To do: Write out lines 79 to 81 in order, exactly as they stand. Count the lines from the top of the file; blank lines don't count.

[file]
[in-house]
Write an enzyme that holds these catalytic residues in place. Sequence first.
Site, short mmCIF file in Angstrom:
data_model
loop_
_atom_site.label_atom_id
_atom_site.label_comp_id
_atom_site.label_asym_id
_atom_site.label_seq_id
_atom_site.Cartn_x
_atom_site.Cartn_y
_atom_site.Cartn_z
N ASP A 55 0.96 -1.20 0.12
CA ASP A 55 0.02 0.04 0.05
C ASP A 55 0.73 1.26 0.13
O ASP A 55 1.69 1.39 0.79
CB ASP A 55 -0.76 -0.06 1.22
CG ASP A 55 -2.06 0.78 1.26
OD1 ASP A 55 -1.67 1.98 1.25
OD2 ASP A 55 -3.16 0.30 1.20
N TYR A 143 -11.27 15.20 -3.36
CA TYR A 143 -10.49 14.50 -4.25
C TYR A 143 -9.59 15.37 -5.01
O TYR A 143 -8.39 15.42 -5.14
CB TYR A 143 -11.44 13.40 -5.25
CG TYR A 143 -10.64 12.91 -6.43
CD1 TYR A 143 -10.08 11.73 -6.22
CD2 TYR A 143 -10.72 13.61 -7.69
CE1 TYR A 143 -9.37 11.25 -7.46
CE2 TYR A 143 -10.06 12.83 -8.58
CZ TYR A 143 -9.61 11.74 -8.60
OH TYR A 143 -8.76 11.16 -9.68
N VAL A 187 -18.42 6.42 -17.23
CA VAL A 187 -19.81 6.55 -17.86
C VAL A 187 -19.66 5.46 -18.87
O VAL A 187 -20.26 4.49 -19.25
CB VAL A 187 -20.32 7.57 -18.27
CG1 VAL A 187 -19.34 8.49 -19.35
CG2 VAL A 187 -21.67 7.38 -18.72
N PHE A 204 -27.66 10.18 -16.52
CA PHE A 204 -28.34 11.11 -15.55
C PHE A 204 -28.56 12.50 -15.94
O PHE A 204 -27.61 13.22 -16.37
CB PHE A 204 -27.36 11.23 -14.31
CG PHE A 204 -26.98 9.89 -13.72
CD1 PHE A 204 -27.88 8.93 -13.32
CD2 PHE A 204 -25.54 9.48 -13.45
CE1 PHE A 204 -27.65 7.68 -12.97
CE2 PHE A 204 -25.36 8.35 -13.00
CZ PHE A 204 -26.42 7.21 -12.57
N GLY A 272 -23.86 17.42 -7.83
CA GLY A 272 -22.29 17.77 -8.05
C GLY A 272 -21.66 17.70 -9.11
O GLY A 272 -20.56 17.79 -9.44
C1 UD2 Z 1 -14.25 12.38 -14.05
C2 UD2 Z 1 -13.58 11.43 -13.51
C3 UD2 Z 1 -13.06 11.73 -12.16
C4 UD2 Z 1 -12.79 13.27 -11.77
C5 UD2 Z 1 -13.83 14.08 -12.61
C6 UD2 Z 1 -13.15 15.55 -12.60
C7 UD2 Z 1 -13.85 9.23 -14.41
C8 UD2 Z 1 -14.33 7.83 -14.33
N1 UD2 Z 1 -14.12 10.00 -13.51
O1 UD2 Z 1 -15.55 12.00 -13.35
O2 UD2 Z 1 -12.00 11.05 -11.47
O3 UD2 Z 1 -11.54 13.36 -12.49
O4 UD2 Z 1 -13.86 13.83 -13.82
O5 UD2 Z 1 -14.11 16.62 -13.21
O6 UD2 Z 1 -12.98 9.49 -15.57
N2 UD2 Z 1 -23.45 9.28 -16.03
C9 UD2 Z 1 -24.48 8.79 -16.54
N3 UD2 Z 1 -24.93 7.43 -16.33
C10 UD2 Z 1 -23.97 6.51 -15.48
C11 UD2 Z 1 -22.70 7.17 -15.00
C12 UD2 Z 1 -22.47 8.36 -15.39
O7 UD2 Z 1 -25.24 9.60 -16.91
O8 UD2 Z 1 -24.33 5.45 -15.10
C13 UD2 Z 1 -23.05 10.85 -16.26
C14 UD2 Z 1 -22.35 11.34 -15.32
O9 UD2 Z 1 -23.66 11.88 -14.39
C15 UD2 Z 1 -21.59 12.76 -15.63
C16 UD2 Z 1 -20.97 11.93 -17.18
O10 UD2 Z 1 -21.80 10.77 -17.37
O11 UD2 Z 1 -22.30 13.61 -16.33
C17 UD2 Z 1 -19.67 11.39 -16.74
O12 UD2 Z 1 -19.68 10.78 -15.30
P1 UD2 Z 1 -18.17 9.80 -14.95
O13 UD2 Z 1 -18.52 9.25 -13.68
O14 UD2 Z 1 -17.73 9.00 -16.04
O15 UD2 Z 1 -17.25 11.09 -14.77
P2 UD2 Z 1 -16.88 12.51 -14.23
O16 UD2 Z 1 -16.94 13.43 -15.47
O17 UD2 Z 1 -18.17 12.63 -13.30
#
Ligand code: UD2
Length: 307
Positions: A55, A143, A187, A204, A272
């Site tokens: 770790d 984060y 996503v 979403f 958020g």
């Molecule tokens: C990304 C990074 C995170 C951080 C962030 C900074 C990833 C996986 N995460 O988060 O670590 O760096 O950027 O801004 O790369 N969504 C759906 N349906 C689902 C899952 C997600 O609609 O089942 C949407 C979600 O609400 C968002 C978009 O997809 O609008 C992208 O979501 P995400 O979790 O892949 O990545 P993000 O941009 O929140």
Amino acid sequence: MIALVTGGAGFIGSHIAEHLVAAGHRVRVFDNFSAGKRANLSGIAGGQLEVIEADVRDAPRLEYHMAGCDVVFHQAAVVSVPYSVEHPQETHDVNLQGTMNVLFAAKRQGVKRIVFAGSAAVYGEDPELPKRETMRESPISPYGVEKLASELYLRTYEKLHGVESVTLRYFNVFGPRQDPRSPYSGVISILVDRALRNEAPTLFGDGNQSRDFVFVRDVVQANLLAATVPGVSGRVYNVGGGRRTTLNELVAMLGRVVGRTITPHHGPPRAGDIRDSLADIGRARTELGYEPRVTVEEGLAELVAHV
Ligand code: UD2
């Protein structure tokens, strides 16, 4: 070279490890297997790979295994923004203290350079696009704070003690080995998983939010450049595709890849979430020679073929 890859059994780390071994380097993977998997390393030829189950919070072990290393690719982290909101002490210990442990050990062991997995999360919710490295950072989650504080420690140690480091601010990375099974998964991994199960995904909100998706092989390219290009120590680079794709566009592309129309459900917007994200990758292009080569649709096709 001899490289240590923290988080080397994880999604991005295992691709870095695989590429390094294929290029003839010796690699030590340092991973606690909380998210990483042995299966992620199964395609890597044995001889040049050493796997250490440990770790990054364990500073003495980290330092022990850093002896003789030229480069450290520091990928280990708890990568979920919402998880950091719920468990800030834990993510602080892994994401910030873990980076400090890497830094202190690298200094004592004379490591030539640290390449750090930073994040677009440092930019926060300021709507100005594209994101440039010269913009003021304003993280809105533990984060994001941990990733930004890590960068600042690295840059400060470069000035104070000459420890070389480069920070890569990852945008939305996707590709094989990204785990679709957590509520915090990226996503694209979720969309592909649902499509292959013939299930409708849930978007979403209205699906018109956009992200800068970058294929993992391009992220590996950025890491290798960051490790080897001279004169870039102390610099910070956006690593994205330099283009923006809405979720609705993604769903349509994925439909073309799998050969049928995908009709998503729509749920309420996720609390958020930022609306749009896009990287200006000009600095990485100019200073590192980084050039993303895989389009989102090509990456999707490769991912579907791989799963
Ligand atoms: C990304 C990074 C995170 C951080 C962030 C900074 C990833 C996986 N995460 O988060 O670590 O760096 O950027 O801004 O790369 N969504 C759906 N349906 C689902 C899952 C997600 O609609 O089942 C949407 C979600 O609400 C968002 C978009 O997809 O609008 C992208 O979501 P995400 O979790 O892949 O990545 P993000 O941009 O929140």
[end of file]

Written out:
C14 UD2 Z 1 -22.35 11.34 -15.32
O9 UD2 Z 1 -23.66 11.88 -14.39
C15 UD2 Z 1 -21.59 12.76 -15.63